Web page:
What are the rivers?
A river or a stream is a body of running water that is confined in a channel and moves downhill under the influence of gravity. It’s the most powerful geologic agent in sculpting the Earth surface and extremely important.
The river (or a stream in general) is a body of freshwater (with some exceptions) that flow in one direction driven by the gravity (downstream).
The river usually is born in steep mountains and flows out across a gentle plain into the sea. The headwaters of a river are the upper part of the stream near its source in the mountains.
The mouth is the place where a river enters the sea, a lake, or a larger river. A cross section of a stream in steep mountains is usually a V-shaped valley cut into solid rock, with the stream channel occupying the narrow bottom of the valley; there is little or no flat land next to the stream on the valley bottom.
Near its mouth, a river usually flows within a broad, flat-floored valley. The river channel is surrounded by a flat floodplain of sediment deposited by the stream. A river normally stays in its channel , a long, narrow depression eroded by the stream into rock or sediment.
The river banks are the sides of the channel; the riverbed is the bottom of the channel. During a flood, the waters of a river may rise and spill over the banks onto the flat floodplain of the valley floor .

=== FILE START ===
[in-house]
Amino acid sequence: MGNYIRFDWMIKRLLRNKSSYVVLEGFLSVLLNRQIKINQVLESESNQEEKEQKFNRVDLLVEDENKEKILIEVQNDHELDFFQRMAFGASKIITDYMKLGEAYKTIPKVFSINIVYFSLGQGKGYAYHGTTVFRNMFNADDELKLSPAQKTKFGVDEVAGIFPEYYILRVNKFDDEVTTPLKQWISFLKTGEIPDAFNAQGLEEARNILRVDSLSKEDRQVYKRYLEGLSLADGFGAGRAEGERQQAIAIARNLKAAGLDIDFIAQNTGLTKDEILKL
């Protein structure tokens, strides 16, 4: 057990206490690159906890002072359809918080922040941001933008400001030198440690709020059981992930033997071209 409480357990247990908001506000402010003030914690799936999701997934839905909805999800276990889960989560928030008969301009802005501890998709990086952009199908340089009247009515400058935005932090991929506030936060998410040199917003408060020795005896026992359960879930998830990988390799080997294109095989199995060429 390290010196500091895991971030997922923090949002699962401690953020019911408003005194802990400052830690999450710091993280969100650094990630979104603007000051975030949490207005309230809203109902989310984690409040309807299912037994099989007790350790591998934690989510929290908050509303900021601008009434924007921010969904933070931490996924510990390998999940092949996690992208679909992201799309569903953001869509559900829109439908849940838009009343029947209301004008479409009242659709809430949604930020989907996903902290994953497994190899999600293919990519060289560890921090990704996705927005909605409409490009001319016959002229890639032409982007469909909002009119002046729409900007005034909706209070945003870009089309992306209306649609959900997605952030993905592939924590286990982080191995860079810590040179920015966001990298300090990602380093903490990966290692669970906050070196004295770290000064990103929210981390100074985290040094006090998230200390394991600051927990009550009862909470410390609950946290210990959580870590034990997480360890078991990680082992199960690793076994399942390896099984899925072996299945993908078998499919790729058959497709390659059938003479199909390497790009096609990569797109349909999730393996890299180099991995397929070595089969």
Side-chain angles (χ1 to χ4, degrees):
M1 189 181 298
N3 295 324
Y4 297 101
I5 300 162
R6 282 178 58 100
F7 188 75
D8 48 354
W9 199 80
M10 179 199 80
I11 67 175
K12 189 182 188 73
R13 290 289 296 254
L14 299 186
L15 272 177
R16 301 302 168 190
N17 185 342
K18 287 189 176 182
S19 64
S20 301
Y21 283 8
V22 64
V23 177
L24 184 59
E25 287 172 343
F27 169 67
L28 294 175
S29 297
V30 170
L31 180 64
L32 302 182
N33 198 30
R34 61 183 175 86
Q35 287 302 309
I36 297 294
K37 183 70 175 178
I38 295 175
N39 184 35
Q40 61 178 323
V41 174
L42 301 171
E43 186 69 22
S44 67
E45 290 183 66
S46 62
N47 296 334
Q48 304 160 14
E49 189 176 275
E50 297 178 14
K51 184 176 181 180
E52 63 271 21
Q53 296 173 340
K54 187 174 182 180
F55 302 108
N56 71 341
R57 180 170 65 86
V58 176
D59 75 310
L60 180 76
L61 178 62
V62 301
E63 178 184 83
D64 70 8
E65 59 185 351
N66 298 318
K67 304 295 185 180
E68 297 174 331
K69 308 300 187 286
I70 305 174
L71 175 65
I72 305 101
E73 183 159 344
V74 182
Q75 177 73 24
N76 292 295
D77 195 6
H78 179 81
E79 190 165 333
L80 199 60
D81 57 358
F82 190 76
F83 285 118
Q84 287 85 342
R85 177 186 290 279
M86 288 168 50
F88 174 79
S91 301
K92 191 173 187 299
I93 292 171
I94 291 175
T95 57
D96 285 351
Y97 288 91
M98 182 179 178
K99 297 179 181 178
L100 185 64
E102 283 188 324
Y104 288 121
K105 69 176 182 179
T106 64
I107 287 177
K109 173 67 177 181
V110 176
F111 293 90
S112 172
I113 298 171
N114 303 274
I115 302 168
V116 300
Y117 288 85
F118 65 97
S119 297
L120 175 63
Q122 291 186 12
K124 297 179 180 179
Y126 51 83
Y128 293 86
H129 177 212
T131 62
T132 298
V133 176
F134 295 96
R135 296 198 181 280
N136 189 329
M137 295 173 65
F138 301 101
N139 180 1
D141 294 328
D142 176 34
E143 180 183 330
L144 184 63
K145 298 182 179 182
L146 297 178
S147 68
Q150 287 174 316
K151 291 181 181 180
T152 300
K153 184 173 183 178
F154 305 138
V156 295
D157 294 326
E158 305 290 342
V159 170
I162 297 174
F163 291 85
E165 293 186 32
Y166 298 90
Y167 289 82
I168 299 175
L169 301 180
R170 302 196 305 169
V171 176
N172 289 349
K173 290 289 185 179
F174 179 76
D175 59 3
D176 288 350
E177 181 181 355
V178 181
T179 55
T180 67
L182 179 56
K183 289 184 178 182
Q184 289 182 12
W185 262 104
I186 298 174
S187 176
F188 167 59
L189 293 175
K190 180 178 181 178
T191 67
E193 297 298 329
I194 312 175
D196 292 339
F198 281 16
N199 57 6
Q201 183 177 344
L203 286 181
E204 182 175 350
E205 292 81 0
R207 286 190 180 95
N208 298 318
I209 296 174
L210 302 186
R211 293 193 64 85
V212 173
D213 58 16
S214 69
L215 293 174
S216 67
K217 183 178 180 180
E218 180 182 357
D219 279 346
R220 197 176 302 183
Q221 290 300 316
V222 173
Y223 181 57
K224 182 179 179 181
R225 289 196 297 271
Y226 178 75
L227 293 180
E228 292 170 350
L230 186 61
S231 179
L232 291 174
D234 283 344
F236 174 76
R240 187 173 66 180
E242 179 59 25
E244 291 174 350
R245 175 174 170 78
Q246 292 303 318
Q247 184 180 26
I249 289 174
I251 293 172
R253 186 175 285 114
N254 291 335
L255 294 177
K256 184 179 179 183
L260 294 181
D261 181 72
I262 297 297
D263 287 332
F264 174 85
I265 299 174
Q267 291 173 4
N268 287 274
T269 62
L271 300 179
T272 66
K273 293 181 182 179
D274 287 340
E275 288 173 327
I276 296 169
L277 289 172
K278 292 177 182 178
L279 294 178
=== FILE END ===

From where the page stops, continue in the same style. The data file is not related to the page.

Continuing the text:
Not all streams flow year round like perennial streams. Intermittent streams flow only in a part of the year, during wet season. Such streams tend to have permeable beds and are leaking to the groundwater or flow in arid areas. Ephemeral streams (also called torrents) flow only during storm conditions.
Rivers, streams and running water in general are on the most powerful geologic agent in sculpting the Earth surface. Rivers are eroding, transporting, and depositing sediment. Almost every landscape on Earth shows the results of stream erosion or deposition. Other agents—groundwater, glaciers, wind, and waves can be locally important in sculpturing the land.
Although they make up less than 1% of the world’s water (the vast majority is the sea), freshwaters are extremely important for the life on Earth.The running water, rivers and streams comprise a tiny proportion of these freshwaters, the majority is frozen as ice and under the surface of the ground (while the former is locked, however, the latter is in constant touch with the surface waters).
Running water, rivers and streams range in size from a small trickle to massive river the size of the Amazon, reaching over 3 km wide in places, and 6400 km long. Rivers are very diverse, ranging from swift or torrential mountain rivers to slow, downstream backwaters of large rivers.
The rivers are often centers of biodiversity. Some of the organisms are permanent residents of the water, like the fish, but many other animals are dependent on them. Freshwater fish from the streams around the world comes in myriad of species, each year being discovered new ones.